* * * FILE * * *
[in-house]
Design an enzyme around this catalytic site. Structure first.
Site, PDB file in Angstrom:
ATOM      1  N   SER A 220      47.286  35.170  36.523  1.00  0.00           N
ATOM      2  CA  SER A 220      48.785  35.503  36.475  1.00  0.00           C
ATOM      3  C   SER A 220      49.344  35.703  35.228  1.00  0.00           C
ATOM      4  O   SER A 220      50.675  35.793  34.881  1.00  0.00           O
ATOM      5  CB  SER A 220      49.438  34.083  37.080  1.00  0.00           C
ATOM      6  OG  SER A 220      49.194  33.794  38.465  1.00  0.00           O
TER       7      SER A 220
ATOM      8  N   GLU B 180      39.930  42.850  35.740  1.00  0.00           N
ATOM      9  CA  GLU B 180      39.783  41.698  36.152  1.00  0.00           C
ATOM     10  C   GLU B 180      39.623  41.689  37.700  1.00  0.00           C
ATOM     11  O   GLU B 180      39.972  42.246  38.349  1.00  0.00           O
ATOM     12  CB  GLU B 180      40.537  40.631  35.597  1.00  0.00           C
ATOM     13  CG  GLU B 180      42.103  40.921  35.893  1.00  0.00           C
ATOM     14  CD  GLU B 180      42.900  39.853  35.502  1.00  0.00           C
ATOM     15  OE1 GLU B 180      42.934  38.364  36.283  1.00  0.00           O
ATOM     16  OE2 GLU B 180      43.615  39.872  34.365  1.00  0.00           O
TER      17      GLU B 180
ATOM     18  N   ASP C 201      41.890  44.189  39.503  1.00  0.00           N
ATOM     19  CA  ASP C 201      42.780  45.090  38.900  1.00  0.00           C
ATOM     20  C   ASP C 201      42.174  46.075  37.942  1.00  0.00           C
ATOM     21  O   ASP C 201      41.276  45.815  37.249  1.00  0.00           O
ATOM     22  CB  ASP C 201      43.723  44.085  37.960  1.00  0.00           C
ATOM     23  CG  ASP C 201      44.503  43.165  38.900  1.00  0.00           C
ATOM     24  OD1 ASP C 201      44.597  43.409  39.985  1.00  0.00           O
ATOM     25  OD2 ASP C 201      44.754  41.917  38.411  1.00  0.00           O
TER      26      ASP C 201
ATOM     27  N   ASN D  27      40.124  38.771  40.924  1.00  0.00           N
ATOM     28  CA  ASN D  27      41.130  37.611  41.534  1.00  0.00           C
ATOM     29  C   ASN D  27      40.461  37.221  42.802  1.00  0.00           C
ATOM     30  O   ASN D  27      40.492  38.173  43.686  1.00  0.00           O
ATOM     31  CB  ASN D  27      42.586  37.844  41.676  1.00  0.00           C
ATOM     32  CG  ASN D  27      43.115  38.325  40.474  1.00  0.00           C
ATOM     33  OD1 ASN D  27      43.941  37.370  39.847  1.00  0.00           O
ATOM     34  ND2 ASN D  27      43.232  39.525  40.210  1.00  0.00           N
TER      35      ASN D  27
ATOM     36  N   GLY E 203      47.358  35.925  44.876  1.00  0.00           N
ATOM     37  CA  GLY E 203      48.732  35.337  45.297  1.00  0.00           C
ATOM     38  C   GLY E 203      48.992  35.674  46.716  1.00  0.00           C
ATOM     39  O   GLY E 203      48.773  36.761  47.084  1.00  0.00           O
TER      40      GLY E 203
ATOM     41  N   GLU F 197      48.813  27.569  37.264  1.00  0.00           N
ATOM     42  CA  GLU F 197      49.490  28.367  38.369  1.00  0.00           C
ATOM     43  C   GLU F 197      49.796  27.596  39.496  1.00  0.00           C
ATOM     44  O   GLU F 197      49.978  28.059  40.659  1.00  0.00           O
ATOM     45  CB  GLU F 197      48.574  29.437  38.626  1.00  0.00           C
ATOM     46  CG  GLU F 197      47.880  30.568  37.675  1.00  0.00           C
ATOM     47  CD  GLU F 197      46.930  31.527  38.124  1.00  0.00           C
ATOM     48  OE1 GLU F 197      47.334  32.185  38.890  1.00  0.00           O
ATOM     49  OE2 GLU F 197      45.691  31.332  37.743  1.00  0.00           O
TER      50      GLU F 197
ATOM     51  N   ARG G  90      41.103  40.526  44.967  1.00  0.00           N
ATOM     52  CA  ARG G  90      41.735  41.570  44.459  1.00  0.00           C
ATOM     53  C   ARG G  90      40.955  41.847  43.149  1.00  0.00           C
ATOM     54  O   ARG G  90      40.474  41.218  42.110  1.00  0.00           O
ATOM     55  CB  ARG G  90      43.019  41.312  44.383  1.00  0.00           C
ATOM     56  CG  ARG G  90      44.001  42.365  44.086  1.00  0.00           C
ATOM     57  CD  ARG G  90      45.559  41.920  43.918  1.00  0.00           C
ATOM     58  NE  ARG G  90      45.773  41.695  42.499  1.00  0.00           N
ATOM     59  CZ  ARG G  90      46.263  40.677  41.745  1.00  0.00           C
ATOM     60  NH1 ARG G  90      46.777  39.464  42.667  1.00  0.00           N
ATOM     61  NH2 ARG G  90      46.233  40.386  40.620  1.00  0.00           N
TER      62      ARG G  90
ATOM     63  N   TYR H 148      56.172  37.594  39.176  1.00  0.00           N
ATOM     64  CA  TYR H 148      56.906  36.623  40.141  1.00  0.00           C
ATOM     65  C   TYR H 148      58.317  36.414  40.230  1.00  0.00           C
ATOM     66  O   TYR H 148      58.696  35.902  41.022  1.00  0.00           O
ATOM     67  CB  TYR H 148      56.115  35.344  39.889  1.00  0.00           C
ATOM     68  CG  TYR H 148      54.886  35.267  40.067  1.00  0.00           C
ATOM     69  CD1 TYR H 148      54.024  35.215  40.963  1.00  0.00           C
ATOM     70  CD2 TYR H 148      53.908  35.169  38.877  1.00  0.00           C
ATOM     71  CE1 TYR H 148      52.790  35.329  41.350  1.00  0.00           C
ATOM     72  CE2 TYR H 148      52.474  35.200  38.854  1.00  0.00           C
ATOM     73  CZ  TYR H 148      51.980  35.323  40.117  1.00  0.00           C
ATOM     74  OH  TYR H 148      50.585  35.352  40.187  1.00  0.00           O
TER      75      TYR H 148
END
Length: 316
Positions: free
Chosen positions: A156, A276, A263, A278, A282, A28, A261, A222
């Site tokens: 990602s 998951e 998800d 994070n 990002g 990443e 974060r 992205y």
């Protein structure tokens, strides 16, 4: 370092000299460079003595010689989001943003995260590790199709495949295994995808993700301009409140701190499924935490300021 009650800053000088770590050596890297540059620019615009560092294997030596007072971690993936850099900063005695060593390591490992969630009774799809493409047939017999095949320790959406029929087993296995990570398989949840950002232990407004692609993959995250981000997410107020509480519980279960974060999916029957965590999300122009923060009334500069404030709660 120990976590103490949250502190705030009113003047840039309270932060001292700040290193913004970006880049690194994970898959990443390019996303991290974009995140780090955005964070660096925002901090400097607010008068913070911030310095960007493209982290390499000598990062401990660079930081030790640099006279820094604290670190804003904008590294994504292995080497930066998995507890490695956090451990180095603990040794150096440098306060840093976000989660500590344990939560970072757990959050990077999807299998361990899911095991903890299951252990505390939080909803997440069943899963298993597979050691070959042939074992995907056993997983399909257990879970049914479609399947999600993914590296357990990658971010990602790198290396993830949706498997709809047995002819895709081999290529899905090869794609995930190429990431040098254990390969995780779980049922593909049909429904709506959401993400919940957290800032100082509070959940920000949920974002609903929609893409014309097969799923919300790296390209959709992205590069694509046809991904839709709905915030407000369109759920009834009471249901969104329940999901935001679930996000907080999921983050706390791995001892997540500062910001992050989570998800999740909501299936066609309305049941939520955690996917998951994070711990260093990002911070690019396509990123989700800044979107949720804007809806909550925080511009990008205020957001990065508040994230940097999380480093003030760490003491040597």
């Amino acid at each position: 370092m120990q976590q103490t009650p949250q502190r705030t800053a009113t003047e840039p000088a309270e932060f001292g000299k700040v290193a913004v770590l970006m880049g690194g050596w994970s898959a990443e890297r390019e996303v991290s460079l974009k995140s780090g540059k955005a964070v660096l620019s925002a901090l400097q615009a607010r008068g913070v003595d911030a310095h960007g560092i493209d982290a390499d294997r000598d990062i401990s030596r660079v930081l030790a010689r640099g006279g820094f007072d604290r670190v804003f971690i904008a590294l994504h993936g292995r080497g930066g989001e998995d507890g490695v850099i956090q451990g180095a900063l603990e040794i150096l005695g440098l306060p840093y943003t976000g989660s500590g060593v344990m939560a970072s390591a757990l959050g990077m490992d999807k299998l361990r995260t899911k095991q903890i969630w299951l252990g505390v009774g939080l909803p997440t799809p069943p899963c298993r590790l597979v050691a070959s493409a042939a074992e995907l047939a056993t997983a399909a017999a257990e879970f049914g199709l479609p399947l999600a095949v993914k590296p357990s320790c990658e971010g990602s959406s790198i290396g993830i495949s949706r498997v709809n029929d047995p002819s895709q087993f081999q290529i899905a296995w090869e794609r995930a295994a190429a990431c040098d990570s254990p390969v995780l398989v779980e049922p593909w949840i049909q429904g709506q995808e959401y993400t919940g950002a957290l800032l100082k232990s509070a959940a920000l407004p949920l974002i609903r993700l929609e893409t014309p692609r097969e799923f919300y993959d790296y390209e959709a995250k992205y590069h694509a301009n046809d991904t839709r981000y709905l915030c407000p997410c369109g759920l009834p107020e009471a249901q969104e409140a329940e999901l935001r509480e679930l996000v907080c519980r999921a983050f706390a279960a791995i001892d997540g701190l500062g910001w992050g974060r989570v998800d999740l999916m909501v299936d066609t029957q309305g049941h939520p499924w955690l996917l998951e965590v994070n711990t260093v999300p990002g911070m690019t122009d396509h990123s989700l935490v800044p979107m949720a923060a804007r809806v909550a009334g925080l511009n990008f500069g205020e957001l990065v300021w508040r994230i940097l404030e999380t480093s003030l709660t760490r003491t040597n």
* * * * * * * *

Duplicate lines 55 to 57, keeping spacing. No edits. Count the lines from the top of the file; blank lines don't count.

ATOM     52  CA  ARG G  90      41.735  41.570  44.459  1.00  0.00           C
ATOM     53  C   ARG G  90      40.955  41.847  43.149  1.00  0.00           C
ATOM     54  O   ARG G  90      40.474  41.218  42.110  1.00  0.00           O